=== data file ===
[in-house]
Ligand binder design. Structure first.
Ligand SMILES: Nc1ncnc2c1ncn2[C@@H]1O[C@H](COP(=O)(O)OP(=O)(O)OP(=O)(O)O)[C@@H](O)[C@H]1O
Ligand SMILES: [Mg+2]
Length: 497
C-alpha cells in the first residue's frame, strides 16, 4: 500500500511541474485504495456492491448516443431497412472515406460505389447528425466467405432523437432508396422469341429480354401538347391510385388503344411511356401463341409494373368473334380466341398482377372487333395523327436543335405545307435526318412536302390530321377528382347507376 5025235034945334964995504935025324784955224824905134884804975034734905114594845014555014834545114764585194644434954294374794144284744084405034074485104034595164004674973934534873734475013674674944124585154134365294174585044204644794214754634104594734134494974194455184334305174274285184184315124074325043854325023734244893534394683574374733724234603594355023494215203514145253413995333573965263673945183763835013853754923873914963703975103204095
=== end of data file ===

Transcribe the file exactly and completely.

[in-house]
Ligand binder design. Structure first.
Ligand SMILES: Nc1ncnc2c1ncn2[C@@H]1O[C@H](COP(=O)(O)OP(=O)(O)OP(=O)(O)O)[C@@H](O)[C@H]1O
Ligand SMILES: [Mg+2]
Length: 497
C-alpha cells in the first residue's frame, strides 16, 4: 500500500511541474485504495456492491448516443431497412472515406460505389447528425466467405432523437432508396422469341429480354401538347391510385388503344411511356401463341409494373368473334380466341398482377372487333395523327436543335405545307435526318412536302390530321377528382347507376 5025235034945334964995504935025324784955224824905134884804975034734905114594845014555014834545114764585194644434954294374794144284744084405034074485104034595164004674973934534873734475013674674944124585154134365294174585044204644794214754634104594734134494974194455184334305174274285184184315124074325043854325023734244893534394683574374733724234603594355023494215203514145253413995333573965263673945183763835013853754923873914963703975103204095